always works. If I just boot with no special switches, it almost always fails.

And the wierdest thing of all is that if the graph has got “stuck”, I can leave
it there for quite some time, and it’ll stay as it is, but a mouse click on the
user mode application magically wakes it up again, and the notification gets
delivered!?!?!

yours (very confused)

Martin Harvey.

Reply Separator
Subject: Re:(ntdev) RE: (ntdev) Workaround for StreamClassCallAtNewPr
Author: M Harvey
Date: 24/11/2004 09:59

Reply Separator
Author: “Max Paklin” smtp:xxxxx

>As a workaround you can start a worker thread and post to it what you
>would normally post to a work item scheduled with
>StreamClassCallAtNewPriority.

Thanks for the advice, this is what I’m doing. I reckon a library with a worker
thread, and a queue per stream, with the worker thread processing the streams in
a round-robin fashion should do the job nicely.

Best of all, it means that I can actually see what’s going on, instead of a
notification disappearing into a black hole and never coming back!

MH.

This email and any attachments is confidential, may be legally privileged and is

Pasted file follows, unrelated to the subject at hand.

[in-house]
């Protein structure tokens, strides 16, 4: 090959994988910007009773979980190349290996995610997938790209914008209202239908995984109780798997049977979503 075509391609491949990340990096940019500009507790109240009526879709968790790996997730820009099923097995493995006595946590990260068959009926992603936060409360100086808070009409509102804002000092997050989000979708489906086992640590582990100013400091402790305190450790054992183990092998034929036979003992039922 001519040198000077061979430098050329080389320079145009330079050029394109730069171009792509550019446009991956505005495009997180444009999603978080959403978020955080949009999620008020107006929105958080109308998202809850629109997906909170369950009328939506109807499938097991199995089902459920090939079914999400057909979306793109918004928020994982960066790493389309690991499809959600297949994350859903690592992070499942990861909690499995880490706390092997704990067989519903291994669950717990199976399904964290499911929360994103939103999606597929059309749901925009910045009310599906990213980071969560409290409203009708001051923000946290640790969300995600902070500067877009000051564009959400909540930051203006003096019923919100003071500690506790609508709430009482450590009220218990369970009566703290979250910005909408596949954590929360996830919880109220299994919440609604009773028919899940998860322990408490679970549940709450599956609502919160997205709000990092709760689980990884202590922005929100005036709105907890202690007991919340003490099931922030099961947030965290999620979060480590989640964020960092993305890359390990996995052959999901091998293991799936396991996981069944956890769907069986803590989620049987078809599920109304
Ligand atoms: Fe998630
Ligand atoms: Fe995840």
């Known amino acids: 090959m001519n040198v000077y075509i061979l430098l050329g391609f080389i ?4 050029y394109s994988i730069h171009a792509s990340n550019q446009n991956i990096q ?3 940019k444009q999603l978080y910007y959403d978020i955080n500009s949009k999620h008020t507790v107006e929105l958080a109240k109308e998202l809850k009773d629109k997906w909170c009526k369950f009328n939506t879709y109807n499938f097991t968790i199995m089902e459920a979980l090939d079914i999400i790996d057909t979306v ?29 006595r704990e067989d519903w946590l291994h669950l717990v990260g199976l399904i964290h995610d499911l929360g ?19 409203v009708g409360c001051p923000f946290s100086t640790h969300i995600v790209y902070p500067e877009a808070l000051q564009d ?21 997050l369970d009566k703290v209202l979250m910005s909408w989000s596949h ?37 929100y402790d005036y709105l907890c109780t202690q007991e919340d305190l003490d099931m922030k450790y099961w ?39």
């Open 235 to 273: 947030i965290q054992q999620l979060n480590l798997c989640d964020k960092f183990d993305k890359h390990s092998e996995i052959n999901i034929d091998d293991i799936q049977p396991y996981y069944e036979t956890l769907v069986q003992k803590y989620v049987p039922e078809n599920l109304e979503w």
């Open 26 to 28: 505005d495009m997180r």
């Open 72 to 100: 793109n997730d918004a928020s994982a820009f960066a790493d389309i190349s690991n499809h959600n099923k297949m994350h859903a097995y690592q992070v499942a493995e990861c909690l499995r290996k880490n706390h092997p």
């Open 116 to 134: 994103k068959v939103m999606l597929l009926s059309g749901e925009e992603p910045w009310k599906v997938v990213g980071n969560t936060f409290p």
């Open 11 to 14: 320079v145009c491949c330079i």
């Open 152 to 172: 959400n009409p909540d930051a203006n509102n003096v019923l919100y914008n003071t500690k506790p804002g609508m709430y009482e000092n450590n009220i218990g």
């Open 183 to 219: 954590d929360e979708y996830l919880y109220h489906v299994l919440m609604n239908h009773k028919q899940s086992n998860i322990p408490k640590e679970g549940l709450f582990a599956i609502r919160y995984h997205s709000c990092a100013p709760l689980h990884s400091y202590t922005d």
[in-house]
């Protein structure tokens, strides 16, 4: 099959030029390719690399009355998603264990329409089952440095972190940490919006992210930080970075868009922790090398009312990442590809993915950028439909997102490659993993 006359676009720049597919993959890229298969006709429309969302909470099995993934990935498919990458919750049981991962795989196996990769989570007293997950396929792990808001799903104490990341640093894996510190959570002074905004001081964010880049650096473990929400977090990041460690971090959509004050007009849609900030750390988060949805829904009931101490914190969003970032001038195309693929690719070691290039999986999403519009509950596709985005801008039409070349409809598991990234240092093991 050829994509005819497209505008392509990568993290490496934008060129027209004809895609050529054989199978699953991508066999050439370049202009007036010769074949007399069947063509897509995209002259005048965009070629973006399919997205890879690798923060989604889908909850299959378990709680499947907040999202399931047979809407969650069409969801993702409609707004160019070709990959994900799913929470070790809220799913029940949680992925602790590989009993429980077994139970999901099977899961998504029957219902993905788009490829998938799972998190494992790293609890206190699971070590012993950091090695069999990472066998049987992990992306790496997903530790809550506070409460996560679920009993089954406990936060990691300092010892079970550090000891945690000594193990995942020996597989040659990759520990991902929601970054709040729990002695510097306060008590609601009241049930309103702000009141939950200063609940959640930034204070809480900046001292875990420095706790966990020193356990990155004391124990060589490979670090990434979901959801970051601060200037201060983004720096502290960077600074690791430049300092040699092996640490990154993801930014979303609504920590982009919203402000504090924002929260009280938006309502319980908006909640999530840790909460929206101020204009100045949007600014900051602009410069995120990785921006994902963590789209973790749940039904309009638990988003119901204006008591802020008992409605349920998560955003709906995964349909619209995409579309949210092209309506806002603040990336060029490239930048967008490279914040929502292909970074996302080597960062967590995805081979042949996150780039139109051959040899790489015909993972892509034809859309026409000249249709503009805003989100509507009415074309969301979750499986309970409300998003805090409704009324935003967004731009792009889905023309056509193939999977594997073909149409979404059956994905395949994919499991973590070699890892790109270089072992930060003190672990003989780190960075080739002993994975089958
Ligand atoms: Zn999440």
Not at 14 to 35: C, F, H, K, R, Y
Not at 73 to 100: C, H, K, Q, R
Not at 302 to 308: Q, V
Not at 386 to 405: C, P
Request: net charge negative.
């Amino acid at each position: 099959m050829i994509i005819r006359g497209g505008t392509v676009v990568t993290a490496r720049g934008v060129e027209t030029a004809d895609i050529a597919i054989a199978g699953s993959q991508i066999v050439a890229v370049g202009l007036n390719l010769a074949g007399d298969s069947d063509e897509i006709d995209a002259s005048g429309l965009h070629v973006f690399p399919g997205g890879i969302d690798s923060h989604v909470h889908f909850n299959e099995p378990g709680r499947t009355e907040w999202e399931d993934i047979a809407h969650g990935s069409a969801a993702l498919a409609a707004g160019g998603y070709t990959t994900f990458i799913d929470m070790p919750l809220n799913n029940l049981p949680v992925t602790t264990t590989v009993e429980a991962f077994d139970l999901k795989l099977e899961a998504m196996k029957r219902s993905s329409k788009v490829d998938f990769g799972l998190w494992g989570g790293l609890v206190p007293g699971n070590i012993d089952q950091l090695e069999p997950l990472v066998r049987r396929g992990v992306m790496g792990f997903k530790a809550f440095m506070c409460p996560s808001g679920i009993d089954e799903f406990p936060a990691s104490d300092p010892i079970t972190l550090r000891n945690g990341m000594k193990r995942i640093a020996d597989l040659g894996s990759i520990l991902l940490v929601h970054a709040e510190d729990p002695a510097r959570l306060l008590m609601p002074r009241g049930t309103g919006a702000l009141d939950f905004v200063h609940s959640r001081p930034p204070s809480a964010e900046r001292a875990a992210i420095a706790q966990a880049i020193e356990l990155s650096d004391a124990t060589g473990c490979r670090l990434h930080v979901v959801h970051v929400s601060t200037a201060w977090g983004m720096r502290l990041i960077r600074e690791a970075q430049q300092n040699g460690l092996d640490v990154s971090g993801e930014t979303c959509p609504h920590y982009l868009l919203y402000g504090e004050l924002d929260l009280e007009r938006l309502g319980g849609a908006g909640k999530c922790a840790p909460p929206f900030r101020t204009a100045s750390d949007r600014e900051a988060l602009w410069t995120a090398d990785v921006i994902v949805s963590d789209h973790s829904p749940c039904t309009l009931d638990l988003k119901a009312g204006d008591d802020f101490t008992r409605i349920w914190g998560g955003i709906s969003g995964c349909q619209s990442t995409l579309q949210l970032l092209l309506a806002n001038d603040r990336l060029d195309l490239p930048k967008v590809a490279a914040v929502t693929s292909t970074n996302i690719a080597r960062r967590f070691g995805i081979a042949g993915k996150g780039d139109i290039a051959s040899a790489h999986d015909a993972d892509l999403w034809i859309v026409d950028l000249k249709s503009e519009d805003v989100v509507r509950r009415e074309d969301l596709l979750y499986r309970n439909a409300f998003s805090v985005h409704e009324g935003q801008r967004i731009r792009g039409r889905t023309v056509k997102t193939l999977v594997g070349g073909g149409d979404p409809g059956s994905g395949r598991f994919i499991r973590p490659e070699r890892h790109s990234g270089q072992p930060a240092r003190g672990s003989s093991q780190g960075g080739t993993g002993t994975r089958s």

intended for the use of the addressee only. If you are not the intended
recipient, please note that any use, disclosure, printing or copying of this
email is strictly prohibited and may be unlawful. If received in error, please
delete this email and any attachments and confirm this to the sender.

Questions? First check the Kernel Driver FAQ at
http://www.osronline.com/article.cfm?id=256

You are currently subscribed to ntdev as: unknown lmsubst tag argument: ‘’
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use of the addressee only. If you are not the intended recipient, please note that any use,
disclosure, printing or copying of this email is strictly prohibited and may be unlawful. If
received in error, please delete this email and any attachments and confirm this to the sender.

Questions? First check the Kernel Driver FAQ at http://www.osronline.com/article.cfm?id=256